Take the 2-minute tour ×
Stack Overflow is a question and answer site for professional and enthusiast programmers. It's 100% free, no registration required.

Can someone help me find what is wrong with the following program? I'm reading 'Programming from the Ground Up' and attempting to translate the examples into x86-64 assembly. The following program finds the largest number in a set of data. But when I assemble, link, and run it I get 0. Which is obviously not the largest number. It runs fine with 32-bit registers/instructions, but not 64-bit.

# PURPOSE: This program finds the largest value in a set of data.
# VARIABLES: %rax holds the current value. %rdi holds the largest 
#            value. %rbx holds the current index. data_items is the
#            actual set of data. The data is terminated with a 0.

.section .data

    .long 76, 38, 10, 93, 156, 19, 73, 84, 109, 12, 21, 0

.section .text
.globl _start
    movq $0, %rbx
    movq data_items(, %rbx, 4), %rax
    movq %rax, %rdi

    cmpq $0, %rax                     # Have we reached the end?
    je   loop_end
    incq %rbx                         # Increment the index.
    movq data_items(, %rbx, 4), %rax  # Load the next value.
    cmpq %rdi, %rax                   # Is new value larger?
    jle  loop_start
    movq %rax, %rdi                   # New val is larger, store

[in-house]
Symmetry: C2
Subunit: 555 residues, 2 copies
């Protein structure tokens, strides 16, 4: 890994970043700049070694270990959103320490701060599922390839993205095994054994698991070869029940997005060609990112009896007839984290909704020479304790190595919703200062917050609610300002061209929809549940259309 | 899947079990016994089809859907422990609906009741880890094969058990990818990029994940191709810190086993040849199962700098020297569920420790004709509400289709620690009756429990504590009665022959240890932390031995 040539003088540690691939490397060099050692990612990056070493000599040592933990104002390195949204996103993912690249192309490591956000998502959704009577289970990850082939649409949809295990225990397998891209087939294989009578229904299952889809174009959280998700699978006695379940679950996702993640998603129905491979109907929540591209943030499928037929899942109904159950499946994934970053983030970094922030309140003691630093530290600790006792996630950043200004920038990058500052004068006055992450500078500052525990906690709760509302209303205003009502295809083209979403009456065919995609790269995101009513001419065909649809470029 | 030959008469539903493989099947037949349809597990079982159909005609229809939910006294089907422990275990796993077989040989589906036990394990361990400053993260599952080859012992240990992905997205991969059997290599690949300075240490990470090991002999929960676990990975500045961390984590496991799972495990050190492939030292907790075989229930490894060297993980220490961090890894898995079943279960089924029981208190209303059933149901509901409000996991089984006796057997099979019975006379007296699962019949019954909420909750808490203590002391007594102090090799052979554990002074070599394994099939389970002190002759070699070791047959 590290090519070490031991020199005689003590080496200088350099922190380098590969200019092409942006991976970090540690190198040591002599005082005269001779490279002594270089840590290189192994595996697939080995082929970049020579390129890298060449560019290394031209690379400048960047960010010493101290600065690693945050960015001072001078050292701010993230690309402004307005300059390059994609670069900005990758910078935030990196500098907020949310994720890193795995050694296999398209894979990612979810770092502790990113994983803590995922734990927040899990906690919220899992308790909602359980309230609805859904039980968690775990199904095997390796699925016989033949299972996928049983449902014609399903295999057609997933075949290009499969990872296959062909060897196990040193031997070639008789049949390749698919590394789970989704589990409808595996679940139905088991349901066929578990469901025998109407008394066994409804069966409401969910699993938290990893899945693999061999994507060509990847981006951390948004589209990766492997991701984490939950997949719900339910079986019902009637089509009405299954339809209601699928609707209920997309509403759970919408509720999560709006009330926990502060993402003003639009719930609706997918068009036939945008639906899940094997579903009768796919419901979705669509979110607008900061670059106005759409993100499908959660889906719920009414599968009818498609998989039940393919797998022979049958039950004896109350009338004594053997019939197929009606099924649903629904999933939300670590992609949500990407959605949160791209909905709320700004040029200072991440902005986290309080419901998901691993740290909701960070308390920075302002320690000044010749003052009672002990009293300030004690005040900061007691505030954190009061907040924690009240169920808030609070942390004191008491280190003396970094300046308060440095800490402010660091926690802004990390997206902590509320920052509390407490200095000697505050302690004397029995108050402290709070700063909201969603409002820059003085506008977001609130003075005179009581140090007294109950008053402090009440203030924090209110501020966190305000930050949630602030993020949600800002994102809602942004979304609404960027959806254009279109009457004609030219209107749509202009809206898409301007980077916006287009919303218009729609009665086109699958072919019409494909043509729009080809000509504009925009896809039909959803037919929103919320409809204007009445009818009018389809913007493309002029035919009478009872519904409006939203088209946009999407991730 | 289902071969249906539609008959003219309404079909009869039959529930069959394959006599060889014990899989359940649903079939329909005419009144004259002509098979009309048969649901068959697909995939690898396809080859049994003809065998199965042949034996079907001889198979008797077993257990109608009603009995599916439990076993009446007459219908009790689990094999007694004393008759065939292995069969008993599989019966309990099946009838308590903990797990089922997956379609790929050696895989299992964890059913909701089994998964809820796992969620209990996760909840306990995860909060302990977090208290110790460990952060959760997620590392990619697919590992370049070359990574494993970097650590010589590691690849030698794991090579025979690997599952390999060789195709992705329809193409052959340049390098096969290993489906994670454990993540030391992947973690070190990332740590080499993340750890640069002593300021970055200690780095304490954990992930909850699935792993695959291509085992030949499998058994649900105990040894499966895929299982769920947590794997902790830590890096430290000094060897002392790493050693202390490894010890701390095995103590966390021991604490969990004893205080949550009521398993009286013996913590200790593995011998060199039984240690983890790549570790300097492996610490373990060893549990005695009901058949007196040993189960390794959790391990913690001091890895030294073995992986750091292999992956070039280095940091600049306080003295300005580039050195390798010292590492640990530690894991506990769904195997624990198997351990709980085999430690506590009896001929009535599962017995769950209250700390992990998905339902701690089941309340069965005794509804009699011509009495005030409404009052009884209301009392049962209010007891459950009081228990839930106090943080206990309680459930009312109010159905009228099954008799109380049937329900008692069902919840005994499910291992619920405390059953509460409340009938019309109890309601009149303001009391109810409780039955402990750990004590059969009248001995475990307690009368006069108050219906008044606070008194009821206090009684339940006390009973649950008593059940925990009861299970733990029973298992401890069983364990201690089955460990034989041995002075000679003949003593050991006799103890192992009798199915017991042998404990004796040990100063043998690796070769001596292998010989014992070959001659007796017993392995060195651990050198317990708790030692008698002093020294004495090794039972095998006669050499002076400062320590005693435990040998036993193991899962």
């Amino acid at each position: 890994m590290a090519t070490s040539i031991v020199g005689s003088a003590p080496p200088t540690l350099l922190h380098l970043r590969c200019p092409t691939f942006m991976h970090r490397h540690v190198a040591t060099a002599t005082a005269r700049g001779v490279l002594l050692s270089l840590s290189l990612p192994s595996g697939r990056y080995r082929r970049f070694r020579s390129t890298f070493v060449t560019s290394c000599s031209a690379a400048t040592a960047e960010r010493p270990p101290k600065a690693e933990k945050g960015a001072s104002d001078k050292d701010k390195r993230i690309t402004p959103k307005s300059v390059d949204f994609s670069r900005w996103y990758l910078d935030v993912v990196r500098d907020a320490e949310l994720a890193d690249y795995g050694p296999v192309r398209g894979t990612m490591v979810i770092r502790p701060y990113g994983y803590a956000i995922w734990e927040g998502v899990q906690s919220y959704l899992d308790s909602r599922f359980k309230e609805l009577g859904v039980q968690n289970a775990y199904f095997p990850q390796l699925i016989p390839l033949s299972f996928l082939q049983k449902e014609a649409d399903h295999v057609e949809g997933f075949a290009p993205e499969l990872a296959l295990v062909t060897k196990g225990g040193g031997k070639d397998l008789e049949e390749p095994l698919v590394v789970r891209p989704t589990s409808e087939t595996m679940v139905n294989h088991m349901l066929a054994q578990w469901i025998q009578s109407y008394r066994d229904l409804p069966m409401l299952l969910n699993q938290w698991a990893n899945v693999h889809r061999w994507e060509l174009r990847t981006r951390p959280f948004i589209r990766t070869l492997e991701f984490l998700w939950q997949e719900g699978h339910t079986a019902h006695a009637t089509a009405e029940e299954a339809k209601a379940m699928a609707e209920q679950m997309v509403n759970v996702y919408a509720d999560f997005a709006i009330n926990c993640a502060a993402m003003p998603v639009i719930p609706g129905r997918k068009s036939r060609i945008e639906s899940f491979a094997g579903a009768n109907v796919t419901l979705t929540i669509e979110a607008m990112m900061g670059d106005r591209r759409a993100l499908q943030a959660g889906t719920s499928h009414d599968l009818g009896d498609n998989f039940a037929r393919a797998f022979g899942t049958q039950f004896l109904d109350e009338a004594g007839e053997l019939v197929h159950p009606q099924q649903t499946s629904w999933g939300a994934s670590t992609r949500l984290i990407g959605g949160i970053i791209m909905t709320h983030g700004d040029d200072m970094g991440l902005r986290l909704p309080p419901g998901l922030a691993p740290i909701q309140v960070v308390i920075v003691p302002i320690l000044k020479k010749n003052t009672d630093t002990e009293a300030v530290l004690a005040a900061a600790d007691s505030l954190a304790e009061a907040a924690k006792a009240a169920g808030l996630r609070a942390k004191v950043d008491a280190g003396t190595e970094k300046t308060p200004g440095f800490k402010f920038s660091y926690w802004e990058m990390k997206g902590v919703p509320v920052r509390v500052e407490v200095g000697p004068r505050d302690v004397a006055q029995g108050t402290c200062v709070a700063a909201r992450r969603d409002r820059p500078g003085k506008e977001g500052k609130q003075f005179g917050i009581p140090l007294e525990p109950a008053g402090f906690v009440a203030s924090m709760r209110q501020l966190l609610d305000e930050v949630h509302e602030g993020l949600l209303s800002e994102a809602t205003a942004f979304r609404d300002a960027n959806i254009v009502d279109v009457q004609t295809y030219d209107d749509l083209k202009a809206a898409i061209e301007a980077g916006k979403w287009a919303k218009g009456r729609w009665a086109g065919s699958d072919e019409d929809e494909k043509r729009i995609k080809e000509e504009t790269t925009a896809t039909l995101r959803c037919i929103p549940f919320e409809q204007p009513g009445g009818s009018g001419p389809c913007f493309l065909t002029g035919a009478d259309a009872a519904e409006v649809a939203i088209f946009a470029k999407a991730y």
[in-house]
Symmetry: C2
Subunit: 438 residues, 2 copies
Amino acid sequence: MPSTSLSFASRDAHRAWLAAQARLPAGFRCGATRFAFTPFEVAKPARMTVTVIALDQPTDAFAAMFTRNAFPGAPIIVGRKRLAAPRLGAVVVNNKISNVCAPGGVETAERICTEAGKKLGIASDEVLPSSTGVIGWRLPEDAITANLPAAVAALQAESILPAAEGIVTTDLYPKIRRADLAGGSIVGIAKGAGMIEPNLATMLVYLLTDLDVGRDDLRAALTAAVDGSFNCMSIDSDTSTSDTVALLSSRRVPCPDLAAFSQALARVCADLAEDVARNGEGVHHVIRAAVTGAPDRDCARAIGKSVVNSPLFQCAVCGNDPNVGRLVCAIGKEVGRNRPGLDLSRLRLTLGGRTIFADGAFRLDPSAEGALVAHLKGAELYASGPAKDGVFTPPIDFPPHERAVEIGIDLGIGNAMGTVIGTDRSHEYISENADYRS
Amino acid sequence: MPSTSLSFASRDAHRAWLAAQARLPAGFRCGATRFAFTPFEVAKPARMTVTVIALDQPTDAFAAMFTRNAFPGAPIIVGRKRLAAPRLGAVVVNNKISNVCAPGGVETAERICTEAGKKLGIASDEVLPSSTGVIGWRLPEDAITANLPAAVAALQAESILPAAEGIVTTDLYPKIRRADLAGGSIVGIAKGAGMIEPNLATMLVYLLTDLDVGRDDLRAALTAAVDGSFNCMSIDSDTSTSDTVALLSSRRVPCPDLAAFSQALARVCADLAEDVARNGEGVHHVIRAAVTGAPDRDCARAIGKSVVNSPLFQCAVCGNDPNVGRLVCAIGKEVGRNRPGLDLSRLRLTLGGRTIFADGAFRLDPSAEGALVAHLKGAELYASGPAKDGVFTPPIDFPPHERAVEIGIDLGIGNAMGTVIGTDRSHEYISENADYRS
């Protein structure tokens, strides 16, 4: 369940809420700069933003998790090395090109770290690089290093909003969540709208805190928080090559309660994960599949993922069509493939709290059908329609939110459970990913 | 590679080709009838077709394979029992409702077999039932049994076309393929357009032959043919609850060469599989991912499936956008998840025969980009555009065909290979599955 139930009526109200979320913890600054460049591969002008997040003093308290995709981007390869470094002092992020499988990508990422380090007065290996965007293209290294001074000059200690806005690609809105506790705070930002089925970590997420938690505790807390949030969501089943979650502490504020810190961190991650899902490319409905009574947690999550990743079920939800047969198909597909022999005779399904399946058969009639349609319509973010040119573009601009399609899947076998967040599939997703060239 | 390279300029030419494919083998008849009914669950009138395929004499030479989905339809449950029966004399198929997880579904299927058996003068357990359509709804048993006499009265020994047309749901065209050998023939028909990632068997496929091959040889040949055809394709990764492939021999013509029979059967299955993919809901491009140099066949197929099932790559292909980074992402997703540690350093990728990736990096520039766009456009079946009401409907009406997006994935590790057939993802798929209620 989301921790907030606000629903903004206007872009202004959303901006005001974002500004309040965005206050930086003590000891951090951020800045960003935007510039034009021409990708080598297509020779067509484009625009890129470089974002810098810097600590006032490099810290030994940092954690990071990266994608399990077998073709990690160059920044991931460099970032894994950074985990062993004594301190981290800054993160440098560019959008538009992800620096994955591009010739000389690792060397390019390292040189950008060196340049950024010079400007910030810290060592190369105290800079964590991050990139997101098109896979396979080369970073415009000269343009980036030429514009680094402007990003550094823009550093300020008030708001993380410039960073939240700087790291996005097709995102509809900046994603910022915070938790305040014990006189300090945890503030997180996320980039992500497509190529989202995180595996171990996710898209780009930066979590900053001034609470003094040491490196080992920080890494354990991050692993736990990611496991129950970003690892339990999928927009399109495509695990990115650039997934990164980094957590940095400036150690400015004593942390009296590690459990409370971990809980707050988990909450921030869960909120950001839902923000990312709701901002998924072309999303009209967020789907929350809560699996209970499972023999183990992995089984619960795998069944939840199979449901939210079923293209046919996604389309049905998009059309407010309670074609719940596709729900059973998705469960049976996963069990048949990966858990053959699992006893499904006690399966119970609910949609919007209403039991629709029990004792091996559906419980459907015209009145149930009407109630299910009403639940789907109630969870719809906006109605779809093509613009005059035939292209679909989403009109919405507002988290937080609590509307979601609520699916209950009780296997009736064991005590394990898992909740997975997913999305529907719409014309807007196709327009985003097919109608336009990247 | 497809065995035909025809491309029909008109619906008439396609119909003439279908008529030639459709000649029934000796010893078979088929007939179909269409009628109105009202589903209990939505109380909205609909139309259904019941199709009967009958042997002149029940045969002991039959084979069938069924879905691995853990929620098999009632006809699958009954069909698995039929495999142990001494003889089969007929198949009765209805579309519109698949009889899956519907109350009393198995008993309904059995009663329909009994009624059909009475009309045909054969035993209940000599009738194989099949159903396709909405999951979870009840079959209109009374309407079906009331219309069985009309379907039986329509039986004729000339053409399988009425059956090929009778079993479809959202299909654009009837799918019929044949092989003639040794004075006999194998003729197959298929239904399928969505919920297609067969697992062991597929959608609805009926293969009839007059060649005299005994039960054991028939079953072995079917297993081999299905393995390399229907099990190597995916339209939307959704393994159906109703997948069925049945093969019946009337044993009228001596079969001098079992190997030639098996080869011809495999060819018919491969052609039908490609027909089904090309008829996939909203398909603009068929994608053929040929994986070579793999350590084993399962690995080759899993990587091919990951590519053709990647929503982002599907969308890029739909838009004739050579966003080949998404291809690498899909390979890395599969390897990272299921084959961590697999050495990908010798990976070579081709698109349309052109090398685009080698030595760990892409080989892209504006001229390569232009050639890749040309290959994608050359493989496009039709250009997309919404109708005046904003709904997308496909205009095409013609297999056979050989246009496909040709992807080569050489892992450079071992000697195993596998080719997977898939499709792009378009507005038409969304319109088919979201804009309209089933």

# it.
    jmp  loop_start

    # The largest value is already in %rdi and will be returned as
    # exit status code.
    movq $60, %rax
share|improve this question

1 Answer 1

up vote 1 down vote accepted

You are using movq which moves 64-bit values from your list that contains 32-bit values. That will give you wrong results. Define your list to hold 64-bit values instead: replace .long with .quad and replace 4 with 8 in the movs.

share|improve this answer
Okay, thanks. I thought that might be the problem, but I didn't know what the directive for 64-bit values was. Is there any advantage to using movq instead of movl with .long values in this situation? –  Cole Rowland Oct 17 '12 at 19:16

Your Answer


By posting your answer, you agree to the privacy policy and terms of service.

Not the answer you're looking for? Browse other questions tagged or ask your own question.